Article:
Skip to main content Accessibility help
×
Hostname: page-component-5d59c44645-hb754 Total loading time: 0 Render date: 2024-02-24T09:53:59.866Z Has data issue: false hasContentIssue false

6 - Gendered Conflicts in Muslim and Christian Cultures: Honor (and Shame) in Ali and Nino

Published online by Cambridge University Press:  30 August 2017

Elizabeth Weber Edwards
Affiliation:
received her PhD in German from Vanderbilt University, and currently is Chair of Foreign Languages at the Well- Trained Mind Academy
Carl Niekerk
Affiliation:
University of Illinois, Urbana-Champaign
Cori Crane
Affiliation:
Duke University, North Carolina
Get access

Summary

RELIGIOUS, GENDERED, AND CULTURAL CONFLICTS abound in Ali and Nino and can be understood through the lens of honor, a foundational phenomenon in nearly every culture. Honor consistently plays a central role in defining the conflict between Ali, an Azerbaijani Muslim youth, and his Christian Georgian future wife, Nino. Their Romeo-and- Juliet love story explores the tensions inherent in these pairings. Honor is part of the conflict not just between two families, but also between complex, ever-changing pairings: male and female, public and private, Muslim and Christian, East and West. The conflicts about honor and shame in Ali and Nino offer a peek at the fluid boundaries between religion, culture, and politics.

Between the Oriental and European norms concerning female and male honor, the story of the two lovers unfolds across European and Middle-Eastern stages, where Muslim Ali must defend his own honor in his Middle-Eastern culture, as well as Christian Nino's honor in both Middle Eastern and Western settings. The honor structures that Ali and Nino encounter are flexible and—despite the apparent differences between East and West, masculine and feminine—do in fact complement one another or overlap at times. Ali and Nino plays with honor systems that at first sight appear contradictory, mostly by focusing on the Azerbaijani (Muslim, Oriental) honor system, but with instances where Western honor (Christian, Occidental) is thematized as well, demonstrating that honor codes in Azerbaijan mirror the country's political and geographical situation. Parallel to the political situation, the individual female body possesses a certain geography; it can be placed within a larger social constellation and be “mapped” within a certain geography in the novel and can be placed within a larger constellation. We see this in both Nino's relations with other men and the tensions between the country Azerbaijan (easily thought of as feminine) and other, larger forces that claim the country (and its riches) as their own.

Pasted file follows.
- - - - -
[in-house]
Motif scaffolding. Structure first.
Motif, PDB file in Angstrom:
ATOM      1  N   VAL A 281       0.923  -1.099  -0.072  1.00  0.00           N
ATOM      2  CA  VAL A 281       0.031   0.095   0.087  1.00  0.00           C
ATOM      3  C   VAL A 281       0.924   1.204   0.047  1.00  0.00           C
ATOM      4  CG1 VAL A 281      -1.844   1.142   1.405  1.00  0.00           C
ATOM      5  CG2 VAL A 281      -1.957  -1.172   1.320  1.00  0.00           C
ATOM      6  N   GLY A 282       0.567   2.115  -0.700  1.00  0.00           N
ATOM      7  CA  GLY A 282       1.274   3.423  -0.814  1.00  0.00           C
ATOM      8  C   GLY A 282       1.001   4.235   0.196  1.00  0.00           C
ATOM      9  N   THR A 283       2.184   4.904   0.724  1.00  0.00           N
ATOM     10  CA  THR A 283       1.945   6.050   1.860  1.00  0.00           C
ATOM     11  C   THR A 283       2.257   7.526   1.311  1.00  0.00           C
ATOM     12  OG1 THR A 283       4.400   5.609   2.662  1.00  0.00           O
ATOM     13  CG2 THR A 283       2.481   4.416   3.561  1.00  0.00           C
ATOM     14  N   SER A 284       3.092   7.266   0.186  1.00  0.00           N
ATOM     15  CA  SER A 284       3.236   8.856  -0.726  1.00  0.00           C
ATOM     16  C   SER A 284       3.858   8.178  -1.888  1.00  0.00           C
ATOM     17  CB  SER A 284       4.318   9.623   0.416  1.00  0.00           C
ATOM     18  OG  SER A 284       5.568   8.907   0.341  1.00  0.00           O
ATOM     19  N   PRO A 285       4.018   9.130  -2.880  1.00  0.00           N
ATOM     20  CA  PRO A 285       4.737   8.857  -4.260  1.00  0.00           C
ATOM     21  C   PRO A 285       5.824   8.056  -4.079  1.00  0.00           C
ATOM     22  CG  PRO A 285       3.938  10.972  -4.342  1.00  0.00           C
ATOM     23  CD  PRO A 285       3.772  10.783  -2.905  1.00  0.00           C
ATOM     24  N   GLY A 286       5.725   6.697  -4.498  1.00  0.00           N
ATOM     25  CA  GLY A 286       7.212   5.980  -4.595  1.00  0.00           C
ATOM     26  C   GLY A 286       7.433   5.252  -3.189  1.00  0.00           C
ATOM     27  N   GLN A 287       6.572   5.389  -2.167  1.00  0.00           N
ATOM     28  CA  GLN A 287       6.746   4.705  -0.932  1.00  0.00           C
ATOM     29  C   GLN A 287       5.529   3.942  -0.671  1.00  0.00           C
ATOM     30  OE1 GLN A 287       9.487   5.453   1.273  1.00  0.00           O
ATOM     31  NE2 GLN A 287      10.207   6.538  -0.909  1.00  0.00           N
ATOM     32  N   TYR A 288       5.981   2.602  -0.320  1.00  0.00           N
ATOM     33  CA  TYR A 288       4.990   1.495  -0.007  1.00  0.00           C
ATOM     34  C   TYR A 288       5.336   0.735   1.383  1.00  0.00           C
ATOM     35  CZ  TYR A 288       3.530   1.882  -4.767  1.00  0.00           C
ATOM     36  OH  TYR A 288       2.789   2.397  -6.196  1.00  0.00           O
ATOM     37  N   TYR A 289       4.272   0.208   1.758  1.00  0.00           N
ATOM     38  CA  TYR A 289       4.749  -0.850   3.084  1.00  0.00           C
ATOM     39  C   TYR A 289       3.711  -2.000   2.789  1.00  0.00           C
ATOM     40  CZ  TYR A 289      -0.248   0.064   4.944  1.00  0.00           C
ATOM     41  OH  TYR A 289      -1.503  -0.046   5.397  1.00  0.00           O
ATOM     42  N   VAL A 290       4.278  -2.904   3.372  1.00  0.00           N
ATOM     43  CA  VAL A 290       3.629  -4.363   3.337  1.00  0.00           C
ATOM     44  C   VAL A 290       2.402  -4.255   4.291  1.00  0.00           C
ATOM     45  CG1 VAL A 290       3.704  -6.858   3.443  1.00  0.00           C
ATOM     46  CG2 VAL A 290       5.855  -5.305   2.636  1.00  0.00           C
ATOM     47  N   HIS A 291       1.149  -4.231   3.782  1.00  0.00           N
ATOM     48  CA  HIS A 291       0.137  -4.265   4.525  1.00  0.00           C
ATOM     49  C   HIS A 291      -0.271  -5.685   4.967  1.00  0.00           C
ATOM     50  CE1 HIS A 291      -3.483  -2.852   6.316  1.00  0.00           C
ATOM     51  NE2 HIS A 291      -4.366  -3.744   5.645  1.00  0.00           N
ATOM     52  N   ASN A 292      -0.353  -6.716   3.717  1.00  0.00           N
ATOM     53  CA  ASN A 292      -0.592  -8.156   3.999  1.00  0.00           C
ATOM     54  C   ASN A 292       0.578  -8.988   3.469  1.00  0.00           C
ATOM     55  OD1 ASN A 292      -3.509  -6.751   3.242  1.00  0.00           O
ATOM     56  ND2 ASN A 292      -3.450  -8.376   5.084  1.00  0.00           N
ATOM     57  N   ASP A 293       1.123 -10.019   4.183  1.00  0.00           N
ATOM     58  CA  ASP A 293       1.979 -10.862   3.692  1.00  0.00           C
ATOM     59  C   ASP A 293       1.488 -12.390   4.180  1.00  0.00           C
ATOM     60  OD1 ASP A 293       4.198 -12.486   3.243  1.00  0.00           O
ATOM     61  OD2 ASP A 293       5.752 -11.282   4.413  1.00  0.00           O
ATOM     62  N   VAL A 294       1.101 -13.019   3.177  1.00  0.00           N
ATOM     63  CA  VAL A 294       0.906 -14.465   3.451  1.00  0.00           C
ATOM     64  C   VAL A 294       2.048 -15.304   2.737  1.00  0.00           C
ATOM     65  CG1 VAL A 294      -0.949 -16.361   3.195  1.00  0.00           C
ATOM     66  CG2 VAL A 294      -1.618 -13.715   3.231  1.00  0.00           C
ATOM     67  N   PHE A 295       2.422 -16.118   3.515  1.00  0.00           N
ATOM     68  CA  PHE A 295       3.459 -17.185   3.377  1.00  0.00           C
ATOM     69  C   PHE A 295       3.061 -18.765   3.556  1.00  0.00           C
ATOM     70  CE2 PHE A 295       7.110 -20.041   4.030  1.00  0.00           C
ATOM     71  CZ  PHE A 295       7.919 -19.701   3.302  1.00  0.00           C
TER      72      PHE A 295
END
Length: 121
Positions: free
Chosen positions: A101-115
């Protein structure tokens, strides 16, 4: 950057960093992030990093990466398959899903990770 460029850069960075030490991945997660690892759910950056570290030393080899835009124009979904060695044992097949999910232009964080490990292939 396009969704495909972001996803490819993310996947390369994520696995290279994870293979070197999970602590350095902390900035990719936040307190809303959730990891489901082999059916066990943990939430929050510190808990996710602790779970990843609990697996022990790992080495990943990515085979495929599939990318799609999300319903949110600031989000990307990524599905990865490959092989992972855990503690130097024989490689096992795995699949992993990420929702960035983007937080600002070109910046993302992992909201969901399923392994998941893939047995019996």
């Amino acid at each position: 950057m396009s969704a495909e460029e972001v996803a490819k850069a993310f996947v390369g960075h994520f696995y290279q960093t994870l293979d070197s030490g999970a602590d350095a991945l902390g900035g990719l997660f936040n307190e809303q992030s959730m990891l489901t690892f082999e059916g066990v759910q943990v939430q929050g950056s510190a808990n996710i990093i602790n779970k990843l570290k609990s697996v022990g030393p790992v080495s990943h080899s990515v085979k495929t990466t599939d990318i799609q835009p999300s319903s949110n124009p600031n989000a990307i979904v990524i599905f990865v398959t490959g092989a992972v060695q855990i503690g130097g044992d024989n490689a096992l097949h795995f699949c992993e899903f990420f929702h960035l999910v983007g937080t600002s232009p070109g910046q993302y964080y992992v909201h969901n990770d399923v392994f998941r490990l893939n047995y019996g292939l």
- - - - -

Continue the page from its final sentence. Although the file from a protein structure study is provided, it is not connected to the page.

Eastern Communitarianism vs. Western Political Liberalism

Ali and Nino offers Western readers a glimpse of Eastern culture. Kurban Said wrote a text positioned between cultures, and we must keep in mind that he is interested in how social and cultural systems interact with each other. Ali's culture and honor codes are perceived within a communitarian system, in which a communitarian identity dominates all others.

Type
Chapter
Information
Approaches to Kurban Said's Ali and Nino
Love, Identity, and Intercultural Conflict
, pp. 114 - 134
Publisher: Boydell & Brewer
Print publication year: 2017

Access options

Get access to the full version of this content by using one of the access options below. (Log in options will check for institutional or personal access. Content may require purchase if you do not have access.)

Save book to Kindle

To save this book to your Kindle, first ensure coreplatform@cambridge.org is added to your Approved Personal Document E-mail List under your Personal Document Settings on the Manage Your Content and Devices page of your Amazon account. Then enter the ‘name’ part of your Kindle email address below. Find out more about saving to your Kindle.

Note you can select to save to either the @free.kindle.com or @kindle.com variations. ‘@free.kindle.com’ emails are free but can only be saved to your device when it is connected to wi-fi. ‘@kindle.com’ emails can be delivered even when you are not connected to wi-fi, but note that service fees apply.

Find out more about the Kindle Personal Document Service.

Available formats
×

Save book to Dropbox

To save content items to your account, please confirm that you agree to abide by our usage policies. If this is the first time you use this feature, you will be asked to authorise Cambridge Core to connect with your account. Find out more about saving content to Dropbox.

Available formats
×

Save book to Google Drive

To save content items to your account, please confirm that you agree to abide by our usage policies. If this is the first time you use this feature, you will be asked to authorise Cambridge Core to connect with your account. Find out more about saving content to Google Drive.

Available formats
×